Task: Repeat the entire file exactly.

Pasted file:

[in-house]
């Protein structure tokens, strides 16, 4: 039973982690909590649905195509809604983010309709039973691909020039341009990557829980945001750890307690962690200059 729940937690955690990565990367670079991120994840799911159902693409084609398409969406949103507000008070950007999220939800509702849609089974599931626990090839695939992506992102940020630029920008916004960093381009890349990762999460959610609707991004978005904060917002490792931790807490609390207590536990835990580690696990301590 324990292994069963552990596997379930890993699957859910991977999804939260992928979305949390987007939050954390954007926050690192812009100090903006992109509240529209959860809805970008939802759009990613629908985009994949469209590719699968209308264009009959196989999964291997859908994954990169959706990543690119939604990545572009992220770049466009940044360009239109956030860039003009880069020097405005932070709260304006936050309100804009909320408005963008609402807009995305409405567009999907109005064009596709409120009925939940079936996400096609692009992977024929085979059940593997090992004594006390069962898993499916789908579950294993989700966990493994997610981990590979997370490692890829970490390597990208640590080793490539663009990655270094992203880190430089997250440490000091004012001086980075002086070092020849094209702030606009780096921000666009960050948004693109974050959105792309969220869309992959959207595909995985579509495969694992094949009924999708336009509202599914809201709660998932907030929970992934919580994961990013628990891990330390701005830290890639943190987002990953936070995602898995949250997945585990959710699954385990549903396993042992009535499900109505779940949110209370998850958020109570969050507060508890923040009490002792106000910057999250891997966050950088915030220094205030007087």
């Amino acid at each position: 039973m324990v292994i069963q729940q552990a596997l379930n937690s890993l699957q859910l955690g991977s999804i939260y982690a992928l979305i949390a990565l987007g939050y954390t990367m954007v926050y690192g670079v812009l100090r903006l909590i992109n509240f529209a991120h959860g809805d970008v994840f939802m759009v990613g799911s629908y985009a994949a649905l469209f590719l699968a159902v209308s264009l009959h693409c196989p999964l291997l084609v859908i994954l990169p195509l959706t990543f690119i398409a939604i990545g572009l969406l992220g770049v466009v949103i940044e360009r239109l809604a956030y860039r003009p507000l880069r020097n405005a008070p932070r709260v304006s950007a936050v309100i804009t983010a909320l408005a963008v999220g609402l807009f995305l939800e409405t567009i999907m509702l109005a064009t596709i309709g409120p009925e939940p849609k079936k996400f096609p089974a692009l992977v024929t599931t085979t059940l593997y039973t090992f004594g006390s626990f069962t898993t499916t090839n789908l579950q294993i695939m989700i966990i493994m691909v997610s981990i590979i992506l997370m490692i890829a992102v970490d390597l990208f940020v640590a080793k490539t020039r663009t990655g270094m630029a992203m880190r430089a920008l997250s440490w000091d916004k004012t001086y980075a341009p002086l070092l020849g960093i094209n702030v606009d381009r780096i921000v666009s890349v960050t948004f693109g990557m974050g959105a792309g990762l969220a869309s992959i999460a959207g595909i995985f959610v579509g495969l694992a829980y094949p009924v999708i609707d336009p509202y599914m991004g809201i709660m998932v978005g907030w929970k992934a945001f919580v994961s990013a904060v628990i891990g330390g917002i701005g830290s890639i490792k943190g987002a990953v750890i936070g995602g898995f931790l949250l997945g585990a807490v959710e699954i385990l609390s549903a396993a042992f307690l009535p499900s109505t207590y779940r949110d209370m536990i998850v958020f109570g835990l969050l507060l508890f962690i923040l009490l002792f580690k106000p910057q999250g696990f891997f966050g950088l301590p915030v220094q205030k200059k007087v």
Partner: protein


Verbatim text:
[in-house]
């Protein structure tokens, strides 16, 4: 039973982690909590649905195509809604983010309709039973691909020039341009990557829980945001750890307690962690200059 729940937690955690990565990367670079991120994840799911159902693409084609398409969406949103507000008070950007999220939800509702849609089974599931626990090839695939992506992102940020630029920008916004960093381009890349990762999460959610609707991004978005904060917002490792931790807490609390207590536990835990580690696990301590 324990292994069963552990596997379930890993699957859910991977999804939260992928979305949390987007939050954390954007926050690192812009100090903006992109509240529209959860809805970008939802759009990613629908985009994949469209590719699968209308264009009959196989999964291997859908994954990169959706990543690119939604990545572009992220770049466009940044360009239109956030860039003009880069020097405005932070709260304006936050309100804009909320408005963008609402807009995305409405567009999907109005064009596709409120009925939940079936996400096609692009992977024929085979059940593997090992004594006390069962898993499916789908579950294993989700966990493994997610981990590979997370490692890829970490390597990208640590080793490539663009990655270094992203880190430089997250440490000091004012001086980075002086070092020849094209702030606009780096921000666009960050948004693109974050959105792309969220869309992959959207595909995985579509495969694992094949009924999708336009509202599914809201709660998932907030929970992934919580994961990013628990891990330390701005830290890639943190987002990953936070995602898995949250997945585990959710699954385990549903396993042992009535499900109505779940949110209370998850958020109570969050507060508890923040009490002792106000910057999250891997966050950088915030220094205030007087």
């Amino acid at each position: 039973m324990v292994i069963q729940q552990a596997l379930n937690s890993l699957q859910l955690g991977s999804i939260y982690a992928l979305i949390a990565l987007g939050y954390t990367m954007v926050y690192g670079v812009l100090r903006l909590i992109n509240f529209a991120h959860g809805d970008v994840f939802m759009v990613g799911s629908y985009a994949a649905l469209f590719l699968a159902v209308s264009l009959h693409c196989p999964l291997l084609v859908i994954l990169p195509l959706t990543f690119i398409a939604i990545g572009l969406l992220g770049v466009v949103i940044e360009r239109l809604a956030y860039r003009p507000l880069r020097n405005a008070p932070r709260v304006s950007a936050v309100i804009t983010a909320l408005a963008v999220g609402l807009f995305l939800e409405t567009i999907m509702l109005a064009t596709i309709g409120p009925e939940p849609k079936k996400f096609p089974a692009l992977v024929t599931t085979t059940l593997y039973t090992f004594g006390s626990f069962t898993t499916t090839n789908l579950q294993i695939m989700i966990i493994m691909v997610s981990i590979i992506l997370m490692i890829a992102v970490d390597l990208f940020v640590a080793k490539t020039r663009t990655g270094m630029a992203m880190r430089a920008l997250s440490w000091d916004k004012t001086y980075a341009p002086l070092l020849g960093i094209n702030v606009d381009r780096i921000v666009s890349v960050t948004f693109g990557m974050g959105a792309g990762l969220a869309s992959i999460a959207g595909i995985f959610v579509g495969l694992a829980y094949p009924v999708i609707d336009p509202y599914m991004g809201i709660m998932v978005g907030w929970k992934a945001f919580v994961s990013a904060v628990i891990g330390g917002i701005g830290s890639i490792k943190g987002a990953v750890i936070g995602g898995f931790l949250l997945g585990a807490v959710e699954i385990l609390s549903a396993a042992f307690l009535p499900s109505t207590y779940r949110d209370m536990i998850v958020f109570g835990l969050l507060l508890f962690i923040l009490l002792f580690k106000p910057q999250g696990f891997f966050g950088l301590p915030v220094q205030k200059k007087v």
Partner: protein